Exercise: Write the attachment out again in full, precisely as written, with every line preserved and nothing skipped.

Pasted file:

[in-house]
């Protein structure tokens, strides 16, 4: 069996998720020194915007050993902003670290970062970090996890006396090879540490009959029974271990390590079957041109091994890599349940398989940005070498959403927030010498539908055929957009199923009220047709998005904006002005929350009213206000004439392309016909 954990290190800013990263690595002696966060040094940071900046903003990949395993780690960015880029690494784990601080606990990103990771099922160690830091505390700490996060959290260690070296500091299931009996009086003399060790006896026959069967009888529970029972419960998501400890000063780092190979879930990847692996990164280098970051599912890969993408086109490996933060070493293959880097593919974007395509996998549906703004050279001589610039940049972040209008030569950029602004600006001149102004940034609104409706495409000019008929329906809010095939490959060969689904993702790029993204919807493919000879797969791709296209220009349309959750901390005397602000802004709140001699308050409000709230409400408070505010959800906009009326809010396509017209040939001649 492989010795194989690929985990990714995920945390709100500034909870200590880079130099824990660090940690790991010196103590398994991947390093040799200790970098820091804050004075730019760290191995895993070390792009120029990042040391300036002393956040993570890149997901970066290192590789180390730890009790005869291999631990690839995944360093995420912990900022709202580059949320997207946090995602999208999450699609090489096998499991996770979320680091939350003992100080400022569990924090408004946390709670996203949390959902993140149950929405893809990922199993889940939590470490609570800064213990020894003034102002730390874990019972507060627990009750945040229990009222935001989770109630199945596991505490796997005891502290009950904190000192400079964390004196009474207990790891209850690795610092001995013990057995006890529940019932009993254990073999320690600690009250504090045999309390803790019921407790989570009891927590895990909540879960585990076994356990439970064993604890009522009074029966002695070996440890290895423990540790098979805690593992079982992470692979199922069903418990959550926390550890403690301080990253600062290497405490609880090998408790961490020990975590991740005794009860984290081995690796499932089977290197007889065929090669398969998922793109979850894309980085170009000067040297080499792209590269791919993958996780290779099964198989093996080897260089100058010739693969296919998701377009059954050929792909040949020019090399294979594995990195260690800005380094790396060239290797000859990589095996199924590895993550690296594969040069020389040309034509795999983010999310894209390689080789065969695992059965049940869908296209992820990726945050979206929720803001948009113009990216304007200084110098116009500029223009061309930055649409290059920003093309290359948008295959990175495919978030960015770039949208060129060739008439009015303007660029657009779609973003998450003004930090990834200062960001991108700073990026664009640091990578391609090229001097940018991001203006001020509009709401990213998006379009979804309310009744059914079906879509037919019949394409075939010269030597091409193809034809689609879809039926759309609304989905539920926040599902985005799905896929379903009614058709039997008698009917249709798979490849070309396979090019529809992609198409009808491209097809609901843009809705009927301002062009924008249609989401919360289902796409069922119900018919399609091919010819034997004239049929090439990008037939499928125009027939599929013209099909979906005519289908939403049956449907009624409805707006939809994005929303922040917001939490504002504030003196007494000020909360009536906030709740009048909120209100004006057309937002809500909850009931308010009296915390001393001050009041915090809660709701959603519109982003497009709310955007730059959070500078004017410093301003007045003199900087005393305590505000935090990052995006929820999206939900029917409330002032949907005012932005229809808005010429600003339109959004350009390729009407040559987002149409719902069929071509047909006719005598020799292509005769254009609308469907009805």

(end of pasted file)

[in-house]
């Protein structure tokens, strides 16, 4: 069996998720020194915007050993902003670290970062970090996890006396090879540490009959029974271990390590079957041109091994890599349940398989940005070498959403927030010498539908055929957009199923009220047709998005904006002005929350009213206000004439392309016909 954990290190800013990263690595002696966060040094940071900046903003990949395993780690960015880029690494784990601080606990990103990771099922160690830091505390700490996060959290260690070296500091299931009996009086003399060790006896026959069967009888529970029972419960998501400890000063780092190979879930990847692996990164280098970051599912890969993408086109490996933060070493293959880097593919974007395509996998549906703004050279001589610039940049972040209008030569950029602004600006001149102004940034609104409706495409000019008929329906809010095939490959060969689904993702790029993204919807493919000879797969791709296209220009349309959750901390005397602000802004709140001699308050409000709230409400408070505010959800906009009326809010396509017209040939001649 492989010795194989690929985990990714995920945390709100500034909870200590880079130099824990660090940690790991010196103590398994991947390093040799200790970098820091804050004075730019760290191995895993070390792009120029990042040391300036002393956040993570890149997901970066290192590789180390730890009790005869291999631990690839995944360093995420912990900022709202580059949320997207946090995602999208999450699609090489096998499991996770979320680091939350003992100080400022569990924090408004946390709670996203949390959902993140149950929405893809990922199993889940939590470490609570800064213990020894003034102002730390874990019972507060627990009750945040229990009222935001989770109630199945596991505490796997005891502290009950904190000192400079964390004196009474207990790891209850690795610092001995013990057995006890529940019932009993254990073999320690600690009250504090045999309390803790019921407790989570009891927590895990909540879960585990076994356990439970064993604890009522009074029966002695070996440890290895423990540790098979805690593992079982992470692979199922069903418990959550926390550890403690301080990253600062290497405490609880090998408790961490020990975590991740005794009860984290081995690796499932089977290197007889065929090669398969998922793109979850894309980085170009000067040297080499792209590269791919993958996780290779099964198989093996080897260089100058010739693969296919998701377009059954050929792909040949020019090399294979594995990195260690800005380094790396060239290797000859990589095996199924590895993550690296594969040069020389040309034509795999983010999310894209390689080789065969695992059965049940869908296209992820990726945050979206929720803001948009113009990216304007200084110098116009500029223009061309930055649409290059920003093309290359948008295959990175495919978030960015770039949208060129060739008439009015303007660029657009779609973003998450003004930090990834200062960001991108700073990026664009640091990578391609090229001097940018991001203006001020509009709401990213998006379009979804309310009744059914079906879509037919019949394409075939010269030597091409193809034809689609879809039926759309609304989905539920926040599902985005799905896929379903009614058709039997008698009917249709798979490849070309396979090019529809992609198409009808491209097809609901843009809705009927301002062009924008249609989401919360289902796409069922119900018919399609091919010819034997004239049929090439990008037939499928125009027939599929013209099909979906005519289908939403049956449907009624409805707006939809994005929303922040917001939490504002504030003196007494000020909360009536906030709740009048909120209100004006057309937002809500909850009931308010009296915390001393001050009041915090809660709701959603519109982003497009709310955007730059959070500078004017410093301003007045003199900087005393305590505000935090990052995006929820999206939900029917409330002032949907005012932005229809808005010429600003339109959004350009390729009407040559987002149409719902069929071509047909006719005598020799292509005769254009609308469907009805």